Missing Data

If a specific marker was not evaluated in a single study (systematically missing data), this data set was not included when calculating a pooled estimate of that marker. If 1 or more of the 3 key symptoms was not evaluated in a study, this study was not included in the evaluation of the added value of the various markers. In case of sporadic missing data, we used multiple imputations (fully condition specification, predictive mean matching, 20 iterations, and 5 data sets), with the following variables as predictors: all symptoms (if present), all laboratory markers, and diagnosis.15,16 We used the Rubin rule to calculate the pooled AUC.17

Statistical analyses were performed with IBM SPSS, version 20.0.0 (IBM Corp), STATA/SE, version 13 (StataCorp), and SAS, version 9.2 (SAS institute). Findings were considered significant at P < .05.

Results
Selection of Studies

Of the 2974 unique studies identified from the literature search, 16 diagnostic studies were eligible (eFigure in the Supplement). The IPD were not obtained from 8 studies (n = 1719 patients) because 3 authors did not respond to emails,18-20 the data were no longer available,21-24 or the author declined to share data.25 The median prevalence of IBD in the 7 excluded cohort studies was 45% (range, 19%-67%).18-24 One excluded study used a case-control design in symptomatic pediatric patients.25 Five of the 8 excluded studies reported on symptoms and blood markers,20,21,23-25 2 reported on blood markers only,18,22 and 1 study discussed blood markers and fecal calprotectin.19 Two excluded studies were performed in Europe18,19 and 6 studies were conducted in North America.20-25 The test characteristics of the laboratory markers of the available and excluded studies were comparable,3 except for 1 excluded study that showed to be an outlier for C-reactive protein and platelet count.22

Characteristics and Quality of Included Studies

We were able to obtain the IPD from 8 studies with a total of 1120 pediatric patients, 560 of whom had IBD. Study and patient characteristics are given in Table 1 and Table 2. The median prevalence of IBD in the 5 cohort studies was 43% (range, 19%-62%).10,26,29,30,32 Five of the 8 included studies were performed in European countries,10,26,27,29,32 2 in Australia,28,30 and 1 in North America.31 All studies were performed in referred children or adolescents (hospital setting); 3 used a case-control design in symptomatic pediatric patients.27,28,31 Quality assessment of all included studies identified risk of bias in 1 or more domain. We had applicability concerns for patient selection in 1 study.10 eTable 1 in the Supplement presents the full QUADAS-2, and eTable 2 in the Supplement presents the systematically missing and sporadically missing values; the sporadically missing values were imputed.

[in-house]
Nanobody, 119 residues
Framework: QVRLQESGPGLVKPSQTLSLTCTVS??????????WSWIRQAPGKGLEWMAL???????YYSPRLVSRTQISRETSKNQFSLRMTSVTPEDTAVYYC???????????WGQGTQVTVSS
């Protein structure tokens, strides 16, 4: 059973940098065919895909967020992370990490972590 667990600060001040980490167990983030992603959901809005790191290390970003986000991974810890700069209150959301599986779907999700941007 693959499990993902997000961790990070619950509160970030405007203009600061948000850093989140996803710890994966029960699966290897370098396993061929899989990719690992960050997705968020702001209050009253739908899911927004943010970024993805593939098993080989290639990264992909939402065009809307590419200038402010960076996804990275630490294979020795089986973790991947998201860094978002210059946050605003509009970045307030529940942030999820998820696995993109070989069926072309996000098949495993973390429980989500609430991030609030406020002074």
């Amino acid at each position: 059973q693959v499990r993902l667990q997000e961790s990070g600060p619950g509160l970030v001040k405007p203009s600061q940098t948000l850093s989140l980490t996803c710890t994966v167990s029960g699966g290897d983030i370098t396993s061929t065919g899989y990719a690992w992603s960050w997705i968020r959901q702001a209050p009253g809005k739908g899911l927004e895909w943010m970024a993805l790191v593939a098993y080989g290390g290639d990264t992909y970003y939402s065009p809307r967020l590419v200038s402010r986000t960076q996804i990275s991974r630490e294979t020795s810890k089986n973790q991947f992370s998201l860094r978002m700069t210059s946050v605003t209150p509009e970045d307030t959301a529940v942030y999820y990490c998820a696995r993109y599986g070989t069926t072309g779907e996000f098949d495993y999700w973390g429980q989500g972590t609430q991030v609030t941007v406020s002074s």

Discrimination of Markers

The AUC of the markers, except for platelets and hemoglobin, were heterogeneous across studies (eTable 3 in the Supplement). The pooled AUC of erythrocyte sedimentation rate (8 studies), albumin (5 studies), C-reactive protein (8 studies), platelets (6 studies), hemoglobin (5 studies), and fecal calprotectin (6 studies) were 0.84 (95% CI, 0.82-0.87), 0.82 (95% CI, 0.73-0.90), 0.79 (95% CI, 0.73-0.85), 0.79 (95% CI, 0.75-0.83), 0.76 (95% CI, 0.71-0.80), and 0.95 (95% CI, 0.93-0.98), respectively (Figure 1).

Added Value of Markers

In 2 studies, the basic model could not be fitted, because 1 or more of the key symptoms was systematically missing (eTable 2 in the Supplement).27,28 The AUC of the basic model ranged from 0.65 to 0.77, and the pooled AUC of the basic model was 0.70 (95% CI, 0.65-0.75). The Δ AUCs were fairly homogeneous across studies (eTable 4 in the Supplement). Pooled Δ AUC values for addition of blood test markers to the basic model of symptoms were 0.16 (95% CI, 0.11-0.21) for erythrocyte sedimentation rate (5 studies), 0.13 (95% CI, 0.08-0.19) for platelets (4 studies), 0.13 (95% CI, 0.08-0.19) for hemoglobin (4 studies), 0.13 (95% CI, 0.05-0.21) for albumin (3 studies), and 0.08 (95% CI, 0.04-0.11) for C-reactive protein (5 studies) (Figure 2). The improvement in AUC when adding fecal calprotectin to the basic model ranged from 0.21 to 0.29 and was statistically significant in all data sets (P < .05). The pooled Δ AUC of fecal calprotectin was 0.26 (95% CI, 0.21-0.31).

Improvement in Diagnostic Risk Classification

The reclassification table of 100 hypothetical pediatric patients with IBD prevalence of 43% illustrates that adding the best marker (fecal calprotectin) to the basic model of symptoms leads to a decrease in the intermediate-risk group from 55 to 6 pediatric patients (Table 3).

The proportion of pediatric patients without IBD correctly classified as low risk of IBD increased from 33% to 91% and patients with IBD incorrectly classified as low risk of IBD decreased from 16% to 9%. The proportion of IBD cases in the low-risk group decreased (from 27% to 7%) and increased in the high-risk group (from 74% to 95%) when fecal calprotectin was added to symptoms in the workup.

Discussion